The Boss calls a special meeting for Jersey riders
Bruce Springsteen proved his rock n’ roll legend stature all night as the headline act of the Harley-Davidson 105th Anniversary celebration in Milwaukee.
His epic three and a half hour, 31-song show with his E Street Band on a perfect night on Milwaukee’s lakefront will likely long be remembered as one of his best ever by the mix of Harley riders and Springsteen fans who attended. This was the ninth time I had seen Bruce since 1980 and it was easily one of most memorable, if not one of his best performances.
Since the show was touted as the end of the band’s latest tour, it was expected to be a good one, but Bruce and his band mates took it to inspiring levels.
It was especially nice to see E-Street sax man Clarence Clemons more involved in the show. Health issues had kept the Big Man’s appearances to a minimum at the last show in Milwaukee in March, but he joined the band a bit more often this time around. That was also encouraging since the band had lost longtime keyboard and accordion player Danny Federici to cancer in April.
Springsteen’s standing in his home state of New Jersey as much of a favorite son and as regular a guy as a worldwide entertainment icon can be. His status as a real Harley rider was cemented with a montage of big screen riding photos during the never more appropriate “Thunder Road.”
Bruce also wisely kept his crowd banter focused more on the music and motorcycles than politics. While most Harley riders should appreciate that freedom of expression, Bruce has hundreds of other shows and opportunities to express his views and this would not likely have been the best place for it.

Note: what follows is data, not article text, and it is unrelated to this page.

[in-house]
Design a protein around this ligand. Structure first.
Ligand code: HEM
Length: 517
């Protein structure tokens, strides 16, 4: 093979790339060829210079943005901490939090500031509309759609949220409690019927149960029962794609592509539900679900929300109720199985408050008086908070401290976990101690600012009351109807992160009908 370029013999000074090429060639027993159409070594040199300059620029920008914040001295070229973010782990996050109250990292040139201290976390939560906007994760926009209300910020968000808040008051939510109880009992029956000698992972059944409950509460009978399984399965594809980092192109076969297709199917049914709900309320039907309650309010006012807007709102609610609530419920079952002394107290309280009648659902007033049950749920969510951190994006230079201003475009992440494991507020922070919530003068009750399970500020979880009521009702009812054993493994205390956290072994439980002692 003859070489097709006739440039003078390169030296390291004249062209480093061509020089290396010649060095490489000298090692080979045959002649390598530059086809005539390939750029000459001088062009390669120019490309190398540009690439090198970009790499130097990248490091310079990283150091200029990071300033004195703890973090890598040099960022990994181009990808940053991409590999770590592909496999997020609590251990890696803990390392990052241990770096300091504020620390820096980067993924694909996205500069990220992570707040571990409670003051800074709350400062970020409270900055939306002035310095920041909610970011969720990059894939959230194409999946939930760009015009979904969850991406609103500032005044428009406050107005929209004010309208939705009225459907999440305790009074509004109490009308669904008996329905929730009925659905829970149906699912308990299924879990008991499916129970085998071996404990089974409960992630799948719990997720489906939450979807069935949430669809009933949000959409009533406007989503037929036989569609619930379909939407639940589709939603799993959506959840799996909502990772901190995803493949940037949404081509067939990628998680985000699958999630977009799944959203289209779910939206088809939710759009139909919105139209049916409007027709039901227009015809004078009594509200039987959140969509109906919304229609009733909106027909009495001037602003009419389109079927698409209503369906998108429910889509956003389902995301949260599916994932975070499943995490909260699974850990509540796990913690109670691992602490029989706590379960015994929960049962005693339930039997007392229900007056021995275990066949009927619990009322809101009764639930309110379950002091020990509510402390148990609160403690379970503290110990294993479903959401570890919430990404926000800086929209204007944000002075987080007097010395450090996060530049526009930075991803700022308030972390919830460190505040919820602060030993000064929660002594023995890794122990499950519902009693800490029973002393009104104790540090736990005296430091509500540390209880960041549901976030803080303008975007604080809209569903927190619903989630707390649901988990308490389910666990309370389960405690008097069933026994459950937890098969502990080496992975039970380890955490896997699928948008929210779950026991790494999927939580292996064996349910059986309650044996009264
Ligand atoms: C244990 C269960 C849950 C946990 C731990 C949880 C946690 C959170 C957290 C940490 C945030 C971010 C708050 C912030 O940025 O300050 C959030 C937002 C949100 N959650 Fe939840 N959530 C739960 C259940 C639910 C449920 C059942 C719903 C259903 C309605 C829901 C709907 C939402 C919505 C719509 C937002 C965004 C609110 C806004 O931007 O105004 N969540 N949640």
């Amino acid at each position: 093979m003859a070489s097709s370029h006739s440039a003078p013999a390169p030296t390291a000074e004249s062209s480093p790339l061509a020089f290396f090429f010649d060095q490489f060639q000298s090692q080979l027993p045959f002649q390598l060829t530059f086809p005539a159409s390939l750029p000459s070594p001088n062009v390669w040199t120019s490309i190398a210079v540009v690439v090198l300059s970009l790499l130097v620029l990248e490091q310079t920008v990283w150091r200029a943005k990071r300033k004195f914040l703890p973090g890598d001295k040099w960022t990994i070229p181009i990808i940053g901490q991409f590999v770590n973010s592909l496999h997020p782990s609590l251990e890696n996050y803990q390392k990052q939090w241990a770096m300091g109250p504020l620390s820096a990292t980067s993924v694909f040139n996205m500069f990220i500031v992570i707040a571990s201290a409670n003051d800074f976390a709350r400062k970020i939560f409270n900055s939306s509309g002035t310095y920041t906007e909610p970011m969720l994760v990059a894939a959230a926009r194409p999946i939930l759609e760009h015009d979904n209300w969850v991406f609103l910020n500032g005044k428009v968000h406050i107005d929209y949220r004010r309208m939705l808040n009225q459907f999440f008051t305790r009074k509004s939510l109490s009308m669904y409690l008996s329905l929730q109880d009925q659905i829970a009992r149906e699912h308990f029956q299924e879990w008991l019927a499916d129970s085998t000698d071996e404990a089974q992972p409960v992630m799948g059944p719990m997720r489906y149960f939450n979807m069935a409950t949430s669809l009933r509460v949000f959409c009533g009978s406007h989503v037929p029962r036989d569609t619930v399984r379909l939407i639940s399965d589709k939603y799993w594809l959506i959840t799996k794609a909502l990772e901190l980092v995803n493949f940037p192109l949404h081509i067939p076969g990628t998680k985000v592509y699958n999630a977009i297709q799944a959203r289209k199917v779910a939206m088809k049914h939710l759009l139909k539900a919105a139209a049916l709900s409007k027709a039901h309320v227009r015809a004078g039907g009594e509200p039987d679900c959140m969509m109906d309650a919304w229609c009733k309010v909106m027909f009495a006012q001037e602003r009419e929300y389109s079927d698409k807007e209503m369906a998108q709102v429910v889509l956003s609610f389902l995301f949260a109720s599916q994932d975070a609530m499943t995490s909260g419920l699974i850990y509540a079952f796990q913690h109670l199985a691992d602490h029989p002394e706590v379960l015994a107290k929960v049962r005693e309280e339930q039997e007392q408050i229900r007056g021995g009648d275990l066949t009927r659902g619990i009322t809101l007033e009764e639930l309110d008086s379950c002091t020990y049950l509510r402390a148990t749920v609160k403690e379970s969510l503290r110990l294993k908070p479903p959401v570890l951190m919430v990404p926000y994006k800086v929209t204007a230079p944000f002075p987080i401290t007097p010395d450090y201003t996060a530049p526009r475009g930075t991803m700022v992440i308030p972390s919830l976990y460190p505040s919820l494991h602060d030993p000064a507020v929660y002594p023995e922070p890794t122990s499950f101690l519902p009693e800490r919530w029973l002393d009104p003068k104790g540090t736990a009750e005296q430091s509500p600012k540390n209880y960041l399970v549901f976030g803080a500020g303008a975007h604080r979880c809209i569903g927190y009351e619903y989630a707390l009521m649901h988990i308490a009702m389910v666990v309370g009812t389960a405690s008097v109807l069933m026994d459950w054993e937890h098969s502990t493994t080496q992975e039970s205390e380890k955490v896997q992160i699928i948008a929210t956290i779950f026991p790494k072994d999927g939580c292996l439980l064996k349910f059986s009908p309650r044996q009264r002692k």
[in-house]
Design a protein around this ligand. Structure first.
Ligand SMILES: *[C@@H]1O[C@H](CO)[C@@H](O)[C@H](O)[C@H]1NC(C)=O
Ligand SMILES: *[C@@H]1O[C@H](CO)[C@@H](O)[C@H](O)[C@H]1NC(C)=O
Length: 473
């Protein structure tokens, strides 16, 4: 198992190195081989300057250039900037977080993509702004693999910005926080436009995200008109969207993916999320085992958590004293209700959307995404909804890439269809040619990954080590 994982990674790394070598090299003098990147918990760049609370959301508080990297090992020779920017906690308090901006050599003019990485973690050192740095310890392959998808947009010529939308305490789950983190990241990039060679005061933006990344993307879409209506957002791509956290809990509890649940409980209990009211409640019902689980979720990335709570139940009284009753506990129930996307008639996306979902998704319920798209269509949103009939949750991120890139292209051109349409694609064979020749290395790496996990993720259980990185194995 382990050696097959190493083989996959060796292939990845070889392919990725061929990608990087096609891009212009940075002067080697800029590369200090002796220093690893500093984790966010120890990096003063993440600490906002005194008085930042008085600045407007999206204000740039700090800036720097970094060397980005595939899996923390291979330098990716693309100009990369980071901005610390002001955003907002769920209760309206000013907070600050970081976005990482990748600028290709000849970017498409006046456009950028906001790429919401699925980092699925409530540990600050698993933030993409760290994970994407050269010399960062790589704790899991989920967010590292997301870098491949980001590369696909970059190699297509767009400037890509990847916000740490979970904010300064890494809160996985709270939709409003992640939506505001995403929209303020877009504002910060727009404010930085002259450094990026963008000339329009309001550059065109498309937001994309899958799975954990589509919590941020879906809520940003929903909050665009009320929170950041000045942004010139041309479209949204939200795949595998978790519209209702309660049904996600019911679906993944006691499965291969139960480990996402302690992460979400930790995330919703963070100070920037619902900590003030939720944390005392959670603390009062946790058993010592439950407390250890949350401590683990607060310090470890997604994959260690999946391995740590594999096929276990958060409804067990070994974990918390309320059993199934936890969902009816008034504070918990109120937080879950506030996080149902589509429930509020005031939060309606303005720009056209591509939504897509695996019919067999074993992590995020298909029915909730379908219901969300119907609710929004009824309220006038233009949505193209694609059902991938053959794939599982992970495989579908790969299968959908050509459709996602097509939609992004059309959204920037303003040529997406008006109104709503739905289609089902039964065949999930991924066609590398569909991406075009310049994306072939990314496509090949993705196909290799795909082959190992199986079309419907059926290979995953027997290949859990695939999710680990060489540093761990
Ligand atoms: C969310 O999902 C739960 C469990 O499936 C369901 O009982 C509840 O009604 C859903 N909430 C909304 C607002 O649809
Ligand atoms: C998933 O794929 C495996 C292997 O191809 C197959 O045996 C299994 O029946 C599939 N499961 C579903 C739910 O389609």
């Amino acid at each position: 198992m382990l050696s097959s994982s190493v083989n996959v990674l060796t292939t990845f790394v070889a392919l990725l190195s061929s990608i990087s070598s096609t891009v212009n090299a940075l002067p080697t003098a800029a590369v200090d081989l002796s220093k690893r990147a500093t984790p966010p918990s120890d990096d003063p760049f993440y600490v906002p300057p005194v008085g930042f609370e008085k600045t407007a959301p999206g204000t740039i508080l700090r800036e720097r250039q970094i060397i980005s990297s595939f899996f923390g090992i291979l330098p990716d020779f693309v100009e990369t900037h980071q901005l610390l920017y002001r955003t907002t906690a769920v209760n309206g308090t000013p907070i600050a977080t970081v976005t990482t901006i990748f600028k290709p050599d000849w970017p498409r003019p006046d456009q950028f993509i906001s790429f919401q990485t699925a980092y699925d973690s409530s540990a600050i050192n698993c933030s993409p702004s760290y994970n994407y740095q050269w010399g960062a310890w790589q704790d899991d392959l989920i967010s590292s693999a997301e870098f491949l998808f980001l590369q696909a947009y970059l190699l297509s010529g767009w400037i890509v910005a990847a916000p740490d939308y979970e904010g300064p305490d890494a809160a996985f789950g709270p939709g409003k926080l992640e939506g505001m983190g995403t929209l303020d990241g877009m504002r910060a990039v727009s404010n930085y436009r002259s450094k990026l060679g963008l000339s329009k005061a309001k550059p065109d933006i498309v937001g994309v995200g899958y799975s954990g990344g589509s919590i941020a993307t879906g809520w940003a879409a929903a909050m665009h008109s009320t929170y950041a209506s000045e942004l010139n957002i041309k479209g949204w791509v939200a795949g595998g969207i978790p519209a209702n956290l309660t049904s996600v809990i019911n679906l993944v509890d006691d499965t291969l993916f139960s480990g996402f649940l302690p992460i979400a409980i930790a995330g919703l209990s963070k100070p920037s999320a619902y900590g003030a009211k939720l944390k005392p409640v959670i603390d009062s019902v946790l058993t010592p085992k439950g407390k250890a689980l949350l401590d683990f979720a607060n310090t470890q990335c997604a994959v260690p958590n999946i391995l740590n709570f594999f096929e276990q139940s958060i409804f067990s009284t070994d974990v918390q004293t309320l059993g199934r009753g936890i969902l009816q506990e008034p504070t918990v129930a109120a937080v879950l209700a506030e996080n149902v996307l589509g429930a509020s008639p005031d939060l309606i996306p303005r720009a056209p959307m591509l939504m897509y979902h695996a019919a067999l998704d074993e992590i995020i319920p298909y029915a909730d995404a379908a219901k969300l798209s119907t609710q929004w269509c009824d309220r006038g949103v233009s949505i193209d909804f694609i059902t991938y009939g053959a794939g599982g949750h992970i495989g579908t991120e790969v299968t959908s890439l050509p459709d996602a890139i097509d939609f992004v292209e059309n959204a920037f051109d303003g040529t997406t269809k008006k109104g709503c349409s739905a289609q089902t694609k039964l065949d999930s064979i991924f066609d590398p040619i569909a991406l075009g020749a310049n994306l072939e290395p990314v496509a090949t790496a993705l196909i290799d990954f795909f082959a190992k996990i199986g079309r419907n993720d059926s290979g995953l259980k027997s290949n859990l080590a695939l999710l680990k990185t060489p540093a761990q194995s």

“We really felt it was a great ride here and we were bringing part of our home to this party,” said Jeff Vilagos of Saddlebrook, N.J. and director of the Bergen County H.O.G. chapter. “It puts Jersey on the stage in a big way.”
Vilagos rode with a group of 23 bikes and 36 people who left Bergen County Harley-Davidson in Rochelle Park, N.J. on Tuesday. “We’ve done rides to the Stone Pony and we’re all big fans,” Vilagos said. The Stone Pony is the Asbury Park bar where Springsteen and other Jersey rockers got their start.
While everyone in the Jersey group had seen the Boss before, the Harley show would be the first Bruce show for John Furman of Lodi, N.J. “It’s the trip of a lifetime and seeing the band is the icing on the cake,” Furman said.
John Schworn of Toms Rivers, N.J. was going to see Springsteen for the fourth time at the Milwaukee show. “It’s a chance to come out and support a Jersey boy,” Schworn said. “We’re gonna watch him rock.”
Living close to the Jersey shore near the Stone Pony, Rich Van Wolde of Barnegat, N.J., was enjoying the trip to Milwaukee and was pumped up to see the Boss. “To come to Milwaukee for this is indescribable,” Van Wolde said. “I got to ride in the Parade and seeing all the people welcome us brought tears to my eyes. You have great people in Milwaukee and it’s just great to be here.”
Having started my Ride Home seven days ago with a ride through Jersey cranking up some old and new Bruce tunes on my Road Glide, it was fitting to end the event with a live show that will be talked about for years to come from Milwaukee to Jersey and beyond.